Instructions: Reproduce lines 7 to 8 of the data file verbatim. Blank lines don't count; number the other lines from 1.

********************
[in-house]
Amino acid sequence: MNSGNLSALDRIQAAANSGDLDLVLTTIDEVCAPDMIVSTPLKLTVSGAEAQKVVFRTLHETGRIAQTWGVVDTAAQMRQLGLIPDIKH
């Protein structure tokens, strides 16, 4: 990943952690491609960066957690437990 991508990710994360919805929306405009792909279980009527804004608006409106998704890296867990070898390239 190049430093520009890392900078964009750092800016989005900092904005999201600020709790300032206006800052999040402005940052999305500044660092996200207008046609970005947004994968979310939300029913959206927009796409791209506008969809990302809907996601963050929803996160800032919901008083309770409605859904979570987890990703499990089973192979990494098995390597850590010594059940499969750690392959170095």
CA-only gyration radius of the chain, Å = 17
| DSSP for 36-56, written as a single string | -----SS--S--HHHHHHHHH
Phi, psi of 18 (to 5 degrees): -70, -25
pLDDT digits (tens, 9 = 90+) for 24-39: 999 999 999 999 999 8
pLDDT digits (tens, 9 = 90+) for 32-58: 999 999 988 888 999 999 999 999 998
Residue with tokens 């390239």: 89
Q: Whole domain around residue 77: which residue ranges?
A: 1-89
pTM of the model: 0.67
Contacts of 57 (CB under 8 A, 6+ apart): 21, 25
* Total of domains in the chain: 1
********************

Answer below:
pLDDT digits (tens, 9 = 90+) for 24-39: 999 999 999 999 999 8
pLDDT digits (tens, 9 = 90+) for 32-58: 999 999 988 888 999 999 999 999 998